Sarah Deemer, PhD, postdoctoral scholar in the NORC and Department of Nutrition Sciences, was awarded 1st place for “Exogenous Dietary Ketone Esters Decrease Body Weight and Adiposity in Mice Housed at Thermoneutrality.”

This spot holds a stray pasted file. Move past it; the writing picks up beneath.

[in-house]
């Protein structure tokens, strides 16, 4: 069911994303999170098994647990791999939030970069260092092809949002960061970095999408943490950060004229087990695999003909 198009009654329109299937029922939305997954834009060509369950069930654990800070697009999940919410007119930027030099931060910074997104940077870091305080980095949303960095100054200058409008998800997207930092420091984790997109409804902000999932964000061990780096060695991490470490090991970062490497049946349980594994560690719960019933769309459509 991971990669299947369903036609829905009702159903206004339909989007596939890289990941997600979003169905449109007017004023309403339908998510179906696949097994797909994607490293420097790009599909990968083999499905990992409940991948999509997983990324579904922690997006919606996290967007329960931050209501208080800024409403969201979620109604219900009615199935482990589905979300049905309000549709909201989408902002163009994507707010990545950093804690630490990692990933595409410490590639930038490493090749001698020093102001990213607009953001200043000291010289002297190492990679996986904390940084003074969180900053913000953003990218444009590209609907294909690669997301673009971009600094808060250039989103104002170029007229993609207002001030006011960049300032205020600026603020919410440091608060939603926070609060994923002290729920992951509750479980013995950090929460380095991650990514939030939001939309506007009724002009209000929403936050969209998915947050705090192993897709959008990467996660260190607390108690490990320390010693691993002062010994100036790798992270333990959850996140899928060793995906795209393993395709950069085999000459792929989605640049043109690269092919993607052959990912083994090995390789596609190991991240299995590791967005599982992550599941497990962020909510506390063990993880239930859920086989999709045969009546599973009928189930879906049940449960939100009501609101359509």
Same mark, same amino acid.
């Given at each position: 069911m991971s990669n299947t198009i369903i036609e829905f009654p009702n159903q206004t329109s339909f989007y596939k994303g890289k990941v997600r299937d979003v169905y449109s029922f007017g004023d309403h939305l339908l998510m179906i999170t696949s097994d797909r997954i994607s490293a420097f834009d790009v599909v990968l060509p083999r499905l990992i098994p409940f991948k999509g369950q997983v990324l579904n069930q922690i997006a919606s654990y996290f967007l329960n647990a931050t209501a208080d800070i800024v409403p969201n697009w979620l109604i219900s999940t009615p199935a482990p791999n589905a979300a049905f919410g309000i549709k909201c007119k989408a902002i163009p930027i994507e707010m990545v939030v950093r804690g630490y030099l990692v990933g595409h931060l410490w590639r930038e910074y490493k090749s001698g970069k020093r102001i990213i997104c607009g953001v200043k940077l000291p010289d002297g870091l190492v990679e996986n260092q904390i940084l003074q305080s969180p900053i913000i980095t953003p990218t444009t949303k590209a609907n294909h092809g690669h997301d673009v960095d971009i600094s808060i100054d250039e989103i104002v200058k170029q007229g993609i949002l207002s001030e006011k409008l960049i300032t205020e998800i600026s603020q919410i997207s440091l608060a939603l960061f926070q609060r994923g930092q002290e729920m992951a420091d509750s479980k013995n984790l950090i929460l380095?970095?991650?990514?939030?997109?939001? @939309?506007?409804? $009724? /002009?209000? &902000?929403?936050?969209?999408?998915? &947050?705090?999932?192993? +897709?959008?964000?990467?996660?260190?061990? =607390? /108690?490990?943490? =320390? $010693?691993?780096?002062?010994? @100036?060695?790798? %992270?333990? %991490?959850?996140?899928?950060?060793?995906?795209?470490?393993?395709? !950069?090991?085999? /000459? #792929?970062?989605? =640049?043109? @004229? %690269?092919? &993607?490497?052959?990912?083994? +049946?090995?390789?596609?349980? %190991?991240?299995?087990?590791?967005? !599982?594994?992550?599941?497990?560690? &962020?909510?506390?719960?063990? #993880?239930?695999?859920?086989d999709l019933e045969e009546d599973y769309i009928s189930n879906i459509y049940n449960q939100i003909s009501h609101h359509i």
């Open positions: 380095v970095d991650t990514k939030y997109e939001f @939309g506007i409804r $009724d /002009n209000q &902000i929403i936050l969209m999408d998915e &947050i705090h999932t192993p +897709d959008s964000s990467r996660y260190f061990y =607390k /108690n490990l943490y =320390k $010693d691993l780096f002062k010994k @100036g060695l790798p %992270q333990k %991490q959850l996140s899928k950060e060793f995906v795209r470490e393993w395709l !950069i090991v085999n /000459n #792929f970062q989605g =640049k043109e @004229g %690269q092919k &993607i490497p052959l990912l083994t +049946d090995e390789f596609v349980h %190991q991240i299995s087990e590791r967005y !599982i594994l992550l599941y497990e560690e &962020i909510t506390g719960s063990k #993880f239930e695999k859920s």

Dietary ketone esters are known to decrease body weight and adiposity, reduce food intake, and increase energy expenditure in mice when they are housed at normal room temperatures. The purpose of this study was to look at the effects of a KE-supplemented diet on energy expenditure and fat mass in mice housed under warmer temperatures (thermoneutral zone), where sympathetic activity is diminished. Eight weeks of ketone ester consumption resulted in identical loss of both body weight and fat mass in mice housed at both standard and thermoneutral conditions compared to mice on control diets. Future work in this area will be focusing on the mechanisms behind which ketone esters contribute to weight loss independent of sympathetic activity. UAB Co-investigators are Rachel Harley Davis, PhD; Daniel L. Smith, Jr, PhD; and mentor Eric P. Plaisance, PhD.

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